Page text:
The original Watch Dogs met with a fair deal of negative response from gamers and critics alike. While I greatly enjoyed it, I was in the minority. Ubisoft listened to both the complaints and the praise Watch Dogs received. Watch Dogs 2 isn’t just going to please fans of the original; it’s going to please everyone.

San Francisco

Ubisoft did a great job crafting Watch Dogs 2’s version of San Francisco. It’s bright, colorful and full of life, just like the real deal. All the important landmarks are there and captured in detail, like the Golden Gate Bridge, Alcatraz, Pier 39 and Lombard St.


The team behind the game was clearly confident in their achievement too. Watch Dogs 2 includes an Instagram-like app called ScoutX that encourages you to visit various landmarks all around the bay and Silicon Valley and take selfies.

It’s not all about taking pictures, though. San Francisco has plenty to offer a hacker with time on their hands. Littered throughout the city there are various activities like races, data to collect, clothes to buy and side operations you can start by finding civilians in need of help. You can also taxi people in an Uber-like app called DriverSF. Each of these activities gain you followers and give you a chance to explore the city. During my time playing I found myself in awe of the sights around me. Unlike Watch Dogs’s Chicago, Watch Dogs 2’s San Francisco is bright and colorful. It’s a delight to run around and explore.

Marcus and the Gang


Watch Dogs 2 ditches most of the original’s cast and the lone wolf vibe for more of a varied ensemble of characters. Each one is unique in their own way, but Marcus is, by design, the star of the show. He’s a young hacker who joins Dedsec at the beginning of the story. The rest of the crew is rounded out by Marcus’ inner circle. Sitara, an artist and equally talented hacker, Wrench, the hacker with that crazy mask you’ve seen in the trailers, Horatio, also known as Ratio is a friend of Marcus’ and Josh, the most brilliant of the group rounds out the rest of the Dedsec crew.

Marcus does the bulk of the heavy lifting while getting support from his compatriots. Sometimes you’ll have a partner for your hijinks, but the majority of the missions you’ll be on are solo affairs. Each of the characters feels unique and has a personality all their own.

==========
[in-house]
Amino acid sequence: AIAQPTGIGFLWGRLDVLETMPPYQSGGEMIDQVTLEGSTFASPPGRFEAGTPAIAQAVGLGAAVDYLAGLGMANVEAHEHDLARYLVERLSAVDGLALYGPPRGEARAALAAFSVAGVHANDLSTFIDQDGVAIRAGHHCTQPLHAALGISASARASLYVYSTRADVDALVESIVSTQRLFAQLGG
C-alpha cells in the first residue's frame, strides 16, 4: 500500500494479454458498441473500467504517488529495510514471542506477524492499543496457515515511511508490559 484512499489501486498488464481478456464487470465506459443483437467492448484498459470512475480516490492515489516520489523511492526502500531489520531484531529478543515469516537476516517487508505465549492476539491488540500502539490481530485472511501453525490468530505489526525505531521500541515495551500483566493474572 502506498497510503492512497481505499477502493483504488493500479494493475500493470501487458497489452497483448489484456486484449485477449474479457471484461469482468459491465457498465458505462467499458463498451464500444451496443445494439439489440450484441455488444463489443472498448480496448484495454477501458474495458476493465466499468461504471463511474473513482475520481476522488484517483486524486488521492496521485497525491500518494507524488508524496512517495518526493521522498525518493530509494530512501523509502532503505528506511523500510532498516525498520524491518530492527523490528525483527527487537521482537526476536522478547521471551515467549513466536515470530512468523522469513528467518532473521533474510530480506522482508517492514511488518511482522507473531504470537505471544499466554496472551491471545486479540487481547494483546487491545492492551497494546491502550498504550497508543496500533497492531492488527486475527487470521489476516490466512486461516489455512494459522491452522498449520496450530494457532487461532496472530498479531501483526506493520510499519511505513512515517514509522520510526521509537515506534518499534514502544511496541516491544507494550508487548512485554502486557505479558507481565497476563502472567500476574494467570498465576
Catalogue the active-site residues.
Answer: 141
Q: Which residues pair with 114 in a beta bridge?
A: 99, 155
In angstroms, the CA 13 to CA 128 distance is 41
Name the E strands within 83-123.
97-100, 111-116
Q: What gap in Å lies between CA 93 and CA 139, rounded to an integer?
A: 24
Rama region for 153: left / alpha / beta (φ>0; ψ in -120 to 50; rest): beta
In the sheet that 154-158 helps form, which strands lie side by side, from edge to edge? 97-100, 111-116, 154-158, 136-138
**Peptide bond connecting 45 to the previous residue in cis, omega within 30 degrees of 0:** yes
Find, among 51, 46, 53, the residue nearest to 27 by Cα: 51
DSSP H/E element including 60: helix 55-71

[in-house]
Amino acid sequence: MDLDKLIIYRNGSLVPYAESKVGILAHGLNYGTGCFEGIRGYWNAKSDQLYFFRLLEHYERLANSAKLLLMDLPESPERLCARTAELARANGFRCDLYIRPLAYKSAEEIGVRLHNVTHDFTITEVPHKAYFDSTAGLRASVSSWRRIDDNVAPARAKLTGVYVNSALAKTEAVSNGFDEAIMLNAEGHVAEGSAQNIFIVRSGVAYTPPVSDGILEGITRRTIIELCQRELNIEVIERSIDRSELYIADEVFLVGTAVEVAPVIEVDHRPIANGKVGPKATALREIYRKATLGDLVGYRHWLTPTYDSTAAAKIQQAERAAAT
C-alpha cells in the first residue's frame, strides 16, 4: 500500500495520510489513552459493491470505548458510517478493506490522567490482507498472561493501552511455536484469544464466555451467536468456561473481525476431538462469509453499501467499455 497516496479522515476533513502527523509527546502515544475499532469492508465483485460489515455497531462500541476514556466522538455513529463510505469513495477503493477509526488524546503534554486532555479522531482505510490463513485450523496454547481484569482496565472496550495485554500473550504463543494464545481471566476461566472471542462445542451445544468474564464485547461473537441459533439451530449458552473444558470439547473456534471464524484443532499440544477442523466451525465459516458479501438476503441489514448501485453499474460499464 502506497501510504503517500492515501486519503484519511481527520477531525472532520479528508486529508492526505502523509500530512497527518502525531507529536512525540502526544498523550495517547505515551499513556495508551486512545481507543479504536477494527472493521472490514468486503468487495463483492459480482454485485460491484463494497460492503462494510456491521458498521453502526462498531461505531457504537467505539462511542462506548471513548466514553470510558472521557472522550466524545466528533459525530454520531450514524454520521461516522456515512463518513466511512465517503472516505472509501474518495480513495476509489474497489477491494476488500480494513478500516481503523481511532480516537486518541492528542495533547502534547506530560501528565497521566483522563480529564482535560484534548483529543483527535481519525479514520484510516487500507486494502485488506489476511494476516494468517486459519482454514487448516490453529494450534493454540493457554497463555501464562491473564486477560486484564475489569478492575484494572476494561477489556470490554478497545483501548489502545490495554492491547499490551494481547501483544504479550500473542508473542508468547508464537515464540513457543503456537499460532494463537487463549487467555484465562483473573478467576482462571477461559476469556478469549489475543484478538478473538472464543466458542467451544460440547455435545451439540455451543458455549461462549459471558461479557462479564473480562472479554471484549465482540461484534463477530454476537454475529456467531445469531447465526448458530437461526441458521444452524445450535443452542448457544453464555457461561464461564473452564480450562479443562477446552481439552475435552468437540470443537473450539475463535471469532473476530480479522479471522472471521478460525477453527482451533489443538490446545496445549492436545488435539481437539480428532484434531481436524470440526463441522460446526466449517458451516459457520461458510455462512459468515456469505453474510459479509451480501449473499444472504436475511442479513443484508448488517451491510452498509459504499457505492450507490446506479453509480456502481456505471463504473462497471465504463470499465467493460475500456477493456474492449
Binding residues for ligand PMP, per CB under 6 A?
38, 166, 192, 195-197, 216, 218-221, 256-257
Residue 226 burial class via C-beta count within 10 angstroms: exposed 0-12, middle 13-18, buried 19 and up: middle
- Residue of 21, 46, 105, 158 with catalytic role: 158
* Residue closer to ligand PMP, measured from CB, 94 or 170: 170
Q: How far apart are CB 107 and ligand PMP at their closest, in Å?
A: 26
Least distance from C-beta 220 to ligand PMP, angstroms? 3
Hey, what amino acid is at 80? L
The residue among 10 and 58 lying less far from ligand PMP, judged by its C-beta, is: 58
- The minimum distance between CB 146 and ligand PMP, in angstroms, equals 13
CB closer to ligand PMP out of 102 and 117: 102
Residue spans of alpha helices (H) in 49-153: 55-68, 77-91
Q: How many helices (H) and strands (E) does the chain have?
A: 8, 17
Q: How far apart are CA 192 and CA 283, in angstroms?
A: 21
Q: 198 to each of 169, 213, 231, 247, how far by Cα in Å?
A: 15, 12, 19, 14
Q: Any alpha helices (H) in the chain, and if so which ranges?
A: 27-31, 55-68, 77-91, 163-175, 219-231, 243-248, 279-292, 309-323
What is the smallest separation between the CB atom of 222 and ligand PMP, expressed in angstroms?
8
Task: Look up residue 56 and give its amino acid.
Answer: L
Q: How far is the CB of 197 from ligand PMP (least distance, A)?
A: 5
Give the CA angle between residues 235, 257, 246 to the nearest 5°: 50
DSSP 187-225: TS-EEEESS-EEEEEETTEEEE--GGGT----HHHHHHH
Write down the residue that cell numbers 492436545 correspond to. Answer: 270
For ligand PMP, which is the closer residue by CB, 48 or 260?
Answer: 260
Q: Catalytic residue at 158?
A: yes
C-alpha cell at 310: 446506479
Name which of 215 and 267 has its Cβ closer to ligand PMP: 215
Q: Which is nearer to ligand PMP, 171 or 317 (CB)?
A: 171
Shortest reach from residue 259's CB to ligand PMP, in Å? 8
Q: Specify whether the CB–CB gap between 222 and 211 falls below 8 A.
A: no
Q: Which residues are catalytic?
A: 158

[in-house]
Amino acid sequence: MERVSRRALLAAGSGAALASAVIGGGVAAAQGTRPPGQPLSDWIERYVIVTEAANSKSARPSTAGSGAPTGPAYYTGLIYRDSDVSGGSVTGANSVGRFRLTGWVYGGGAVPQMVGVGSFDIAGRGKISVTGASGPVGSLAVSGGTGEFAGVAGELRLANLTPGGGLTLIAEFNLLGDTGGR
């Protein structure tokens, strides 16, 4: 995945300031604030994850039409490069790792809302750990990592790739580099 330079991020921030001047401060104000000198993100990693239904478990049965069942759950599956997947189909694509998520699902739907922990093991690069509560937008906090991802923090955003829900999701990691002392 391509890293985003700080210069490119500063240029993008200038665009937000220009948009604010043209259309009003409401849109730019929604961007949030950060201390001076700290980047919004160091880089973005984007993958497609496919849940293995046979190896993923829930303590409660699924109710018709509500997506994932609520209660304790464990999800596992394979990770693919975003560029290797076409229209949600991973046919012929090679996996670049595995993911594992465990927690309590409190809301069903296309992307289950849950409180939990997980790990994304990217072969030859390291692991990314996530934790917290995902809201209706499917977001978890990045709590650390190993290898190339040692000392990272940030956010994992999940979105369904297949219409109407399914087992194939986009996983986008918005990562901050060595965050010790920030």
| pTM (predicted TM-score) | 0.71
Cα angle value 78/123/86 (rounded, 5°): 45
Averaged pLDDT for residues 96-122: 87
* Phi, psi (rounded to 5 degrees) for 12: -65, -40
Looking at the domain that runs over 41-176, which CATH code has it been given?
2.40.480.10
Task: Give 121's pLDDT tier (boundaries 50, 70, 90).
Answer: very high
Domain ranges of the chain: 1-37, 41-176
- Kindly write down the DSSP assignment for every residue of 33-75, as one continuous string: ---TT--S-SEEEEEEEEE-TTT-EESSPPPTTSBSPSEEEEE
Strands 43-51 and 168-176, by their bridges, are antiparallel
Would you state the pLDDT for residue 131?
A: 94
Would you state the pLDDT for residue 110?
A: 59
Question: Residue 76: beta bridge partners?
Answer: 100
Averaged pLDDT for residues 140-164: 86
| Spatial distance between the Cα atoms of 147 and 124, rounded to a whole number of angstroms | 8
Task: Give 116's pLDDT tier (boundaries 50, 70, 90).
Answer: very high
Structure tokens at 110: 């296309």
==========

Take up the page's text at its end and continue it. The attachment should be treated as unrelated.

Unlike the original’s protagonist, Aiden Pearce, Marcus seems more motivated by the desire to challenge himself to hack increasingly complex systems and uncover the misdeeds of large corporations. Aidan was more of a vigilante on a mission, where Marcus is almost more of a heroic figure, even if most of his deeds are definitely not on the right side of the law.


Marcus is a much more likeable character, even if there’s little impetus for his mission to begin in the first place. He feels like much more of a hacker than Aidan, he’s a young nerdy hipsterish guy that is just oozing talent as opposed to a brooding tough guy. It really helps sell the image that Watch Dogs tries to put forth.

All Hacking, All the Time


The ideology behind Watch Dogs has always been centered on interconnectedness and the idea that someone could gain a back door to everything. The original laid a good foundation for that, allowing you to scan people to find out various personal tidbits about them, drain their bank accounts, and distract them with their phones. In Watch Dogs 2, all of this is greatly expanded upon. It’s now fully possible, and in many cases, even easier to take missions on without ever pulling a gun.

Marcus has two RC vehicles at his disposal, a car and a drone, which he can use to scout around missions with far less chance of being noticed by enemies. Later on in the game you can unlock the ability to weaponize either of these vehicles so you can take out enemies if they spot you without getting directly involved.

Watch Dogs 2 breaks out the approaches you can take into three play styles: Aggressor, Trickster, and Ghost. Aggressor is just what it sounds like, going on the offensive with guns and explosives. Trickster is using hacks to make others do your dirty work, like sending the police after your enemies or distracting them with phone calls or bugging their headsets to briefly incapacitate them. Ghost is all about stealth, using hacks in clever ways to make sure you or your gadgets remain unseen.